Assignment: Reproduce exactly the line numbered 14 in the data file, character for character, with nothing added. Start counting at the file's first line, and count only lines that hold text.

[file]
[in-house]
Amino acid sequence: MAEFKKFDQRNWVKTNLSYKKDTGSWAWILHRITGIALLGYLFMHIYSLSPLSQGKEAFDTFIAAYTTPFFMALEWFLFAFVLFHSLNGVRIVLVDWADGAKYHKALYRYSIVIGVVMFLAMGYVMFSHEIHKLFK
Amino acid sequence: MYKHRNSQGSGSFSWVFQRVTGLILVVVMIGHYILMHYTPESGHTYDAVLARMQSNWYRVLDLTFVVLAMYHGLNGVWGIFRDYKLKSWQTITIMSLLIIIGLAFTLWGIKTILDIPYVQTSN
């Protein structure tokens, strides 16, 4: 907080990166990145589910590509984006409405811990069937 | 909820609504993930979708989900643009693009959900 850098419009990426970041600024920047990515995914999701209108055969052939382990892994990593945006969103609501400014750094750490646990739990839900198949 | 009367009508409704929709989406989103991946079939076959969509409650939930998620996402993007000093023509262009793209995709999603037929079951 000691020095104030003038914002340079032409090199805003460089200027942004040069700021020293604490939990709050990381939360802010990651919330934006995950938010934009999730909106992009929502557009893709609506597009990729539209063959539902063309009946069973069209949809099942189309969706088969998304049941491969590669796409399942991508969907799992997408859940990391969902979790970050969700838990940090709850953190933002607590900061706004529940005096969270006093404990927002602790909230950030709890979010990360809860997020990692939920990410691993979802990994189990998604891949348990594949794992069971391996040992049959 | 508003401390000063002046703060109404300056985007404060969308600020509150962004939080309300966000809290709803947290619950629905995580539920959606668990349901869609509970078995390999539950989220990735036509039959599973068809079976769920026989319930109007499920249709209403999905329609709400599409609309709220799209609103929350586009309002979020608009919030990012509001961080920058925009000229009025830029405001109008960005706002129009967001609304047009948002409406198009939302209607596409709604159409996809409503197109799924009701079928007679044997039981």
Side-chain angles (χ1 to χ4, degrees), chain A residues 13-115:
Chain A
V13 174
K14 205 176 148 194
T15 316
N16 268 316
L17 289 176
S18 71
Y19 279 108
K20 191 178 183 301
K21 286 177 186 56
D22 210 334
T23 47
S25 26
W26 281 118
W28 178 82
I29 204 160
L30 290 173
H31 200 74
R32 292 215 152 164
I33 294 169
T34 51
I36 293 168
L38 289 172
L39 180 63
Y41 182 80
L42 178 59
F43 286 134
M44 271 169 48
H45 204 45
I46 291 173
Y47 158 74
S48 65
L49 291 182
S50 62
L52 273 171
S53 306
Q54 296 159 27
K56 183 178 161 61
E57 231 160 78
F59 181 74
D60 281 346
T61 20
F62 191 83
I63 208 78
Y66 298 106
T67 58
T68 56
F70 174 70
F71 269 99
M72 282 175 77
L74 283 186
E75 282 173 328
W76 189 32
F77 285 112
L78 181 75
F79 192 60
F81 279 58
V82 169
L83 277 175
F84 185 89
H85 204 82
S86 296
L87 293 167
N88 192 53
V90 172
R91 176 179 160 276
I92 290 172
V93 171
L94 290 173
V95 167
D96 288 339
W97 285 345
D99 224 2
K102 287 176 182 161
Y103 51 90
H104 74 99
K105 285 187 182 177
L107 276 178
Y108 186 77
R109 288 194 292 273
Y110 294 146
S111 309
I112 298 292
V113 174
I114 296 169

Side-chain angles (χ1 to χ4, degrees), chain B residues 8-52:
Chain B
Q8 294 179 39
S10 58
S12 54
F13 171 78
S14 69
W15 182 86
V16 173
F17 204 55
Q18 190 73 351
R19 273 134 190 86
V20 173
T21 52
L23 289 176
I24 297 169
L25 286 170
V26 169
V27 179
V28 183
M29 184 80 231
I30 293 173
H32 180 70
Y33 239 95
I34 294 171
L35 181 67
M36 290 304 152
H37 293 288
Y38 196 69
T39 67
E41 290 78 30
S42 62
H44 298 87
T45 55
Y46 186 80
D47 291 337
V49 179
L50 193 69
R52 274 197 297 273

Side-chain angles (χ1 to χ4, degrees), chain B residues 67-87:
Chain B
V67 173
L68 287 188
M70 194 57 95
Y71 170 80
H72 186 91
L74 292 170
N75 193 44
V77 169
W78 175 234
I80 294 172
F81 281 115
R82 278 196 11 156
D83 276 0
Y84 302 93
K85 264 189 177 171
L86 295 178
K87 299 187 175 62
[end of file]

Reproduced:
K20 191 178 183 301